• The world’s 2,153 billionaires have more wealth than the 4.6 billion people who make up 60 percent of the planet’s population, reveals a new report from Oxfam today ahead of the World Economic Forum (WEF) in Davos, Switzerland. Perhaps this is where the answer lies. Collecting a few taxes from the world’s richest could go some way to addressing poverty and inequality. That’s where redistribution of wealth could start. No-one needs so much wealth.

      • My wealth!?
        I worked most of my life and have now achieved “average”.
        If taxes were raised for those over ,say, £80K per year and all the tax avoidance loopholes like offshore Bank accounts in the Cayman Islands were closed, we would have more than enough.
        And I would have to earn 4 X my joint income with my wife to have to pay any of it!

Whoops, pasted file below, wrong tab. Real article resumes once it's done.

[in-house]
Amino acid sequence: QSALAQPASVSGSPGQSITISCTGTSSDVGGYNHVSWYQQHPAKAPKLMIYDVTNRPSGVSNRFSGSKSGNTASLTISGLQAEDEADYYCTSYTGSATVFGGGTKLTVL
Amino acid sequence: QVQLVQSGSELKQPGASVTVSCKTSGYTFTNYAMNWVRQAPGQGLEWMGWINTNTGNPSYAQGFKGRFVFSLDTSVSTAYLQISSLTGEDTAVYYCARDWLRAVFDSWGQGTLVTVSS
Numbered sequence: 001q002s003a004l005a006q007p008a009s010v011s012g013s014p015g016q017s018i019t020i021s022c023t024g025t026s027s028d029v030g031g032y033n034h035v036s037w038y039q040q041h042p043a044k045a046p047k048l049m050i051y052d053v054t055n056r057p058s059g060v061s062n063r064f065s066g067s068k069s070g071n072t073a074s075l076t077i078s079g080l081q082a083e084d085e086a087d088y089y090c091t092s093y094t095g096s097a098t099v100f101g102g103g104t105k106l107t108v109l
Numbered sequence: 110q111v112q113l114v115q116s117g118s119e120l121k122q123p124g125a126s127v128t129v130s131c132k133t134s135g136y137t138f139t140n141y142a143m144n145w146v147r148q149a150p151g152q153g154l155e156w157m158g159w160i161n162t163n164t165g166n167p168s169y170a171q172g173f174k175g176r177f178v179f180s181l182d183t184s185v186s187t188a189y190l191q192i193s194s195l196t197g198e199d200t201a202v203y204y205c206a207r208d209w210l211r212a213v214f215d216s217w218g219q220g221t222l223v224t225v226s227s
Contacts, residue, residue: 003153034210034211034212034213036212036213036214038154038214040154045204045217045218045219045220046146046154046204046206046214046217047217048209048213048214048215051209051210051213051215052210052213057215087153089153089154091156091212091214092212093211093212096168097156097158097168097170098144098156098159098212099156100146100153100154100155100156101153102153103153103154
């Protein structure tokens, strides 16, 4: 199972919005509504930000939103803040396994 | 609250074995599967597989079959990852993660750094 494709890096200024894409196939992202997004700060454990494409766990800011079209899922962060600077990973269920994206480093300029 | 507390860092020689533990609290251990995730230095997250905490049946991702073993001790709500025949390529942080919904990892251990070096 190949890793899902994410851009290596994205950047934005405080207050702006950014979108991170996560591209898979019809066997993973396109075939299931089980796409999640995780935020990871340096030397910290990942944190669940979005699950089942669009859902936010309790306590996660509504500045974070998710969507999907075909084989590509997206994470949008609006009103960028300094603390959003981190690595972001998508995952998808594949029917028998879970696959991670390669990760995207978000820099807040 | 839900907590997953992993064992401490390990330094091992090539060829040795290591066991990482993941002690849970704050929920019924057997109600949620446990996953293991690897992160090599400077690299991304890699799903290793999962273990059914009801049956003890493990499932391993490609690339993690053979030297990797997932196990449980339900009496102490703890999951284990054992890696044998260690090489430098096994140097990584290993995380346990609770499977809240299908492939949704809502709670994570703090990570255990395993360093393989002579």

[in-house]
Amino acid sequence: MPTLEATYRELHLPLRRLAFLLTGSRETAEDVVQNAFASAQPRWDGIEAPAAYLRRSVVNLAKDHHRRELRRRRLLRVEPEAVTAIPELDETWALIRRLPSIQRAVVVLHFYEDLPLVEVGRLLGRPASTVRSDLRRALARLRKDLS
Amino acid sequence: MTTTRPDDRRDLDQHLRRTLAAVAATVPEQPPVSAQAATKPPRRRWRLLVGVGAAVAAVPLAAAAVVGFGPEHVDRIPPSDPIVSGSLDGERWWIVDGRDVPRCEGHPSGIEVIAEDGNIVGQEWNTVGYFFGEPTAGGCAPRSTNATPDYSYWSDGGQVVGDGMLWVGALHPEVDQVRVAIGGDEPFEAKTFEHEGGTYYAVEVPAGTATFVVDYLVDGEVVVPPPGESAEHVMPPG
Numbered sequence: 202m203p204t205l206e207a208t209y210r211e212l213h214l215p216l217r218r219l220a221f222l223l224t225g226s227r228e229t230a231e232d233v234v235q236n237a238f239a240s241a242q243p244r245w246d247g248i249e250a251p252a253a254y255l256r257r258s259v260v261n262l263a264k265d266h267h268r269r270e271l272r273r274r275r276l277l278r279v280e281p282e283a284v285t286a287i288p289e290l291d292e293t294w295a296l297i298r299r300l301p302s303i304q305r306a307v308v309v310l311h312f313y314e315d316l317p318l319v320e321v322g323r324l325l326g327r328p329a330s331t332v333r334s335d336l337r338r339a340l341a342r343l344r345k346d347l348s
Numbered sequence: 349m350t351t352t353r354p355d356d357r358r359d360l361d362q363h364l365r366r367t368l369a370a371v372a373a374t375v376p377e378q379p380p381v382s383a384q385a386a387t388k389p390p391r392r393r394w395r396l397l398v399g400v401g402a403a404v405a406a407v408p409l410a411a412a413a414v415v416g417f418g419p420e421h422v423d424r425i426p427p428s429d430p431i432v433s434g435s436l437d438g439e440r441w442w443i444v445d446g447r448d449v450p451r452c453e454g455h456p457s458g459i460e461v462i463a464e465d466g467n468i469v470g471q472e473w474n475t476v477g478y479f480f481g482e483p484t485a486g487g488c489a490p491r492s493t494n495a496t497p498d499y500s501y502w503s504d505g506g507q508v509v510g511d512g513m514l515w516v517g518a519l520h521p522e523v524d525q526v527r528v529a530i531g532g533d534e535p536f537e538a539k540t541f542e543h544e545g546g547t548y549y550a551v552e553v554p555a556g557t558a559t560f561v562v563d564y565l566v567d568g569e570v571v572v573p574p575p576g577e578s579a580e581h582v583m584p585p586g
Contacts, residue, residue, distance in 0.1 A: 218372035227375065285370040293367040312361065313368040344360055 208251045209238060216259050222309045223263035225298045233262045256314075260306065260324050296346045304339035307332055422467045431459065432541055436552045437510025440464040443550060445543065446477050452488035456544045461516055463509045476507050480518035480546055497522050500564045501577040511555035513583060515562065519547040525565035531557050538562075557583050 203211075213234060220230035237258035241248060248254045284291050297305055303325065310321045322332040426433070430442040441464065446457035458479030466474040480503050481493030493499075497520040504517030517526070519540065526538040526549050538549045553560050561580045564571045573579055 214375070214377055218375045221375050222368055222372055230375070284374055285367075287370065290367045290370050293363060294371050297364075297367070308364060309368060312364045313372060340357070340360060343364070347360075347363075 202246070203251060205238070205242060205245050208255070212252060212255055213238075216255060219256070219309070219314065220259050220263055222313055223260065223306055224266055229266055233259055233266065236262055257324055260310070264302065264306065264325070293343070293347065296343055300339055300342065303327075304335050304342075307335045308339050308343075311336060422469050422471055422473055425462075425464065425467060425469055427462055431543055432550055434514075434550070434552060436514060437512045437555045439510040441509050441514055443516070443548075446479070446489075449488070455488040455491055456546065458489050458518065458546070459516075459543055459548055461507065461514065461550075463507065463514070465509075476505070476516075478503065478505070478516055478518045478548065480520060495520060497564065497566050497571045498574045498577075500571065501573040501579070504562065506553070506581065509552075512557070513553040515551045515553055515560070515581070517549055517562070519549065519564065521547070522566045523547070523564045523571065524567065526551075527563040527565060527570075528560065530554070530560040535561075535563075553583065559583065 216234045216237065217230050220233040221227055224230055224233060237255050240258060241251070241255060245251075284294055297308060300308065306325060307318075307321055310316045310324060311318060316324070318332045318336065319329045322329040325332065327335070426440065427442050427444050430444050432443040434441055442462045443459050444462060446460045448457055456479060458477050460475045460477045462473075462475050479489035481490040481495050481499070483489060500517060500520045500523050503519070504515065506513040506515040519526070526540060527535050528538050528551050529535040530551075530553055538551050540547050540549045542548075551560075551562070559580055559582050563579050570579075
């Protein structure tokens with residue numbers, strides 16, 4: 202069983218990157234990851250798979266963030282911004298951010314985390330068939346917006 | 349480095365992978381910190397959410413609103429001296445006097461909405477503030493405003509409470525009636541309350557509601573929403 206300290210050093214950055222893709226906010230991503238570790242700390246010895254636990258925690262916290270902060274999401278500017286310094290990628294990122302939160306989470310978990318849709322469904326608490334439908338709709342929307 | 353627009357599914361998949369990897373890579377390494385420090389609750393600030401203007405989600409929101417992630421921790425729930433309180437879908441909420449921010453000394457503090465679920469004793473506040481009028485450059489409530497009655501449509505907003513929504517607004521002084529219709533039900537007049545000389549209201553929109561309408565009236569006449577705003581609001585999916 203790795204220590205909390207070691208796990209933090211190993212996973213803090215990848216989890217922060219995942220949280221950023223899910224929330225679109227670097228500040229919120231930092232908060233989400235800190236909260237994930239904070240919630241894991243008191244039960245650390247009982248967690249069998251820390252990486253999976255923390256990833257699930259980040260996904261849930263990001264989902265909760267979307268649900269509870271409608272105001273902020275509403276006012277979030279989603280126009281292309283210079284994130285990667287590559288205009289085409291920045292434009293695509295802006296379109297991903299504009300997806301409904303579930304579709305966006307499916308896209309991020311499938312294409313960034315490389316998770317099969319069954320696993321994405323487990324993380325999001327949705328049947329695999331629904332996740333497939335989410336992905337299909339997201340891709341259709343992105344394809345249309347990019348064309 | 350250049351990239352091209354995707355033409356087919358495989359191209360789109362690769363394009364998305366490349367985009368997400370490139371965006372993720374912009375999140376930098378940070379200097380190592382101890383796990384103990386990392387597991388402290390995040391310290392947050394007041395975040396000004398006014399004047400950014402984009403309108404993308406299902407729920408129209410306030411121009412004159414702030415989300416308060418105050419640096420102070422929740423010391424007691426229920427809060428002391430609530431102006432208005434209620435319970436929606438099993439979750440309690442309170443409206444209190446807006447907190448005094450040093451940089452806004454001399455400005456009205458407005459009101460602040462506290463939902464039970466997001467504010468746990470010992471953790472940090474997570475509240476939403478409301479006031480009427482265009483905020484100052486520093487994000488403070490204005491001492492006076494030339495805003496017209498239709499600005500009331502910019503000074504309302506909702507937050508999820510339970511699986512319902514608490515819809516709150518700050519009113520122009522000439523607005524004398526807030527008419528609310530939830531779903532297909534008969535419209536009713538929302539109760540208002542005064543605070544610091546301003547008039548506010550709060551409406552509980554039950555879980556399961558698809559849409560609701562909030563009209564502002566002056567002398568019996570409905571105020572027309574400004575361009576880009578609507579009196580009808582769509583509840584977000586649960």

No, I don’t have any problem calling for income tax increases for the better-off as I will never, ever, get anywhere near that status.And nor will over 90% of the population.

  3. Its all to do with proper paying full time jobs, the sooner Manston airport reopens creating many jobs the better for the whole of Thanet.

    • Nonsense Kapo! So you think Thanet has hundreds of unemployed aircraft engine fitters, and Air Traffic Controllers just sitting around waiting for a job at Manston? No, these will have to move here, but they won’t want to buy a property in the CT11 postal area, because people living there will have their lives destroyed by low flying elderly cargo planes flying in over Ramsgate Harbour at less than 300 meters high, two or more an hour!